Computer Science 24, Section 1

Berkeley Through the Lens (1 unit, P/NP)

Professor Brian Barsky
Friday 12:00-2:00, 606 Soda Hall, Class number: 42027

Students in this seminar will actively examine UC Berkeley "through the lens" on a photographic journey emphasizing activism and political engagement on campus, both historically and recently. In addition to exploring photographic technique in general, this seminar will stress awareness of both historical and current events. The objectives of this class include improving skills for both photographic technique and civic engagement. This seminar will study photographs and learn photographic technique. The seminar has photography assignments: students are required to take photographs on a weekly basis. These photographs will be critiqued in class as time permits.

Students should have background and experience in photography. Students must have access to a camera to do the course assignments. Recommended specifications for the camera include manual control of exposure and focus and the capability of changing the focal length (wide-angle and telephoto). The seminar emphasizes civic engagement and is not intended to be primarily a photography course. Political discussion will be an integral part of the seminar. Class participation is essential. Attendance at all classes and other course-related activities is required to receive a "pass" grade, except for prior arrangement with the instructor or documented emergencies. "Guidelines Concerning Scheduling Conflicts with Academic Requirements" state "faculty may decline to enroll students in a class who cannot be present at all scheduled activities."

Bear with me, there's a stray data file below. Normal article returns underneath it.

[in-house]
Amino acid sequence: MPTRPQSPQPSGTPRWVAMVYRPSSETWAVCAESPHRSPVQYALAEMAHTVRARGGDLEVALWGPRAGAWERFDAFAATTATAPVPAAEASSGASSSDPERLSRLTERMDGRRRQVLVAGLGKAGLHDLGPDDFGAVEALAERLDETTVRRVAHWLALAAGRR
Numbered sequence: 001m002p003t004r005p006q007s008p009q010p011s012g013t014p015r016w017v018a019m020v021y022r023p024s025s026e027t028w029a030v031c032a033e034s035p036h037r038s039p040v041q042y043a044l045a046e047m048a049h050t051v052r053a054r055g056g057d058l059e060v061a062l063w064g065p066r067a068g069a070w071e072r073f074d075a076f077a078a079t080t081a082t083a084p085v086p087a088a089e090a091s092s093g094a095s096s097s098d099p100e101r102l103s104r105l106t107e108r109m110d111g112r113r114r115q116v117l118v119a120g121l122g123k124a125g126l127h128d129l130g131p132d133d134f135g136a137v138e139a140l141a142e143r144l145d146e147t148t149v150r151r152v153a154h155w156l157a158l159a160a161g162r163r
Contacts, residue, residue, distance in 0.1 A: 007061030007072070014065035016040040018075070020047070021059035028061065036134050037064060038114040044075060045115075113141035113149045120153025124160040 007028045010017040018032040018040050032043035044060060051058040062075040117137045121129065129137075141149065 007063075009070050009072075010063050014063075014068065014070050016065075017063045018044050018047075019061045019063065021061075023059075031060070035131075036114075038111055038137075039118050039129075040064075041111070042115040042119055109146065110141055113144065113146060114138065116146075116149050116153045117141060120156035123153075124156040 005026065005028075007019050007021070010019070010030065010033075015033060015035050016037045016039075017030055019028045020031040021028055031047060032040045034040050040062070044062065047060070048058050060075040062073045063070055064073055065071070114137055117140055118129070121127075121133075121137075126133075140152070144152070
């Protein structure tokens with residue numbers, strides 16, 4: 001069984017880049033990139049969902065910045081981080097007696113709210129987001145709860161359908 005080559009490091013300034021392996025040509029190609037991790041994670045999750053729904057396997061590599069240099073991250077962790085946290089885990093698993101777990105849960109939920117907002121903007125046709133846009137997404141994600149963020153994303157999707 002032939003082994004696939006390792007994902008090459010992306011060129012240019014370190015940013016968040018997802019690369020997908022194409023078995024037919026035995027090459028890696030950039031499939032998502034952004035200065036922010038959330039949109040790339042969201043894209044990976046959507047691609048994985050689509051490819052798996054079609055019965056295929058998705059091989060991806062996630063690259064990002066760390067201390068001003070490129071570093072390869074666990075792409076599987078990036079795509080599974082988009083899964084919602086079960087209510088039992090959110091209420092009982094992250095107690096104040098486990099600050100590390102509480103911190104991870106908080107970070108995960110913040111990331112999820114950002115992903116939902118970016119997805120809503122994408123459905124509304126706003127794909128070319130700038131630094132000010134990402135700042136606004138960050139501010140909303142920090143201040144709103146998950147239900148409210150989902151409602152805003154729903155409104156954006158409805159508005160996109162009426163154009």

Instructor Bio

Brian Barsky received his Ph.D. from the University of Utah in Computer Science. His research interests include computational photography, contact lens design, computer methods for optometry and ophthalmology, image synthesis, computer aided geometric design and modeling, CAD/CAM/CIM, interactive and realistic three-dimensional computer graphics, visualization in scientific computing, computer aided cornea modeling and visualization, medical imaging, vision correcting displays, and virtual environments for surgical simulation.

Faculty web site:


Field trip information and Food for Thought dining details will be discussed in class.

This seminar is part of the following programs

Food for Thought